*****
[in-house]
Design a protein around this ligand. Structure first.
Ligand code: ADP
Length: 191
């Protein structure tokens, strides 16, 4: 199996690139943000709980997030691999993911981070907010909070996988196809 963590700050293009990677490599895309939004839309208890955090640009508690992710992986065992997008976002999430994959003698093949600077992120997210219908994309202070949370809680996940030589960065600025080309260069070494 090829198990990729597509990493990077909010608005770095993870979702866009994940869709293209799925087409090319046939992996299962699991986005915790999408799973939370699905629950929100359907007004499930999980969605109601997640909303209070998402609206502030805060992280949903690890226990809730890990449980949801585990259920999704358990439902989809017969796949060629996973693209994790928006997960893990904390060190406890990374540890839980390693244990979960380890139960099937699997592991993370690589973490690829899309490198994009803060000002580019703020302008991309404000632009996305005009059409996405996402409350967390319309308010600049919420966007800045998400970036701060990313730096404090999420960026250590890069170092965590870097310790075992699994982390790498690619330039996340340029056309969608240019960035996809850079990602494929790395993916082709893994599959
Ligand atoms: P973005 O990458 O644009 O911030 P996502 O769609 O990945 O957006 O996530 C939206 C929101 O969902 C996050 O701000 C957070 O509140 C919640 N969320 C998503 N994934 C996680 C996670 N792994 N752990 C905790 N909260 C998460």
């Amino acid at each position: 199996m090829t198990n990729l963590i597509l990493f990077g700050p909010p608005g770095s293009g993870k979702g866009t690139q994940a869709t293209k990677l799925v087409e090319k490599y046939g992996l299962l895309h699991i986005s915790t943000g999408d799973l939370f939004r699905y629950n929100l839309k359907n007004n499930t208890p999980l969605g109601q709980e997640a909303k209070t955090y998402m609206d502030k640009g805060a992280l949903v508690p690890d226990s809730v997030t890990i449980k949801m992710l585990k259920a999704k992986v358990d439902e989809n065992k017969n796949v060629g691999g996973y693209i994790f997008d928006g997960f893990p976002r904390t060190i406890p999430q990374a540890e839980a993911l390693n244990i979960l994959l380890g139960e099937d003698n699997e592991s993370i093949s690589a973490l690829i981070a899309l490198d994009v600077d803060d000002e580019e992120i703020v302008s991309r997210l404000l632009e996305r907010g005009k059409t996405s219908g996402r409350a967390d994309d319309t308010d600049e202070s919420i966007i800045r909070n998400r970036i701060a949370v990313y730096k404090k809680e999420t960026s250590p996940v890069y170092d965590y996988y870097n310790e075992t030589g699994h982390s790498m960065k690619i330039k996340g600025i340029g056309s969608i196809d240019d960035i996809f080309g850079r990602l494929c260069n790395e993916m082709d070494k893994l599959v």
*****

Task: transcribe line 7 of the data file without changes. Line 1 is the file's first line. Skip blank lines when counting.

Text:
């Amino acid at each position: 199996m090829t198990n990729l963590i597509l990493f990077g700050p909010p608005g770095s293009g993870k979702g866009t690139q994940a869709t293209k990677l799925v087409e090319k490599y046939g992996l299962l895309h699991i986005s915790t943000g999408d799973l939370f939004r699905y629950n929100l839309k359907n007004n499930t208890p999980l969605g109601q709980e997640a909303k209070t955090y998402m609206d502030k640009g805060a992280l949903v508690p690890d226990s809730v997030t890990i449980k949801m992710l585990k259920a999704k992986v358990d439902e989809n065992k017969n796949v060629g691999g996973y693209i994790f997008d928006g997960f893990p976002r904390t060190i406890p999430q990374a540890e839980a993911l390693n244990i979960l994959l380890g139960e099937d003698n699997e592991s993370i093949s690589a973490l690829i981070a899309l490198d994009v600077d803060d000002e580019e992120i703020v302008s991309r997210l404000l632009e996305r907010g005009k059409t996405s219908g996402r409350a967390d994309d319309t308010d600049e202070s919420i966007i800045r909070n998400r970036i701060a949370v990313y730096k404090k809680e999420t960026s250590p996940v890069y170092d965590y996988y870097n310790e075992t030589g699994h982390s790498m960065k690619i330039k996340g600025i340029g056309s969608i196809d240019d960035i996809f080309g850079r990602l494929c260069n790395e993916m082709d070494k893994l599959v």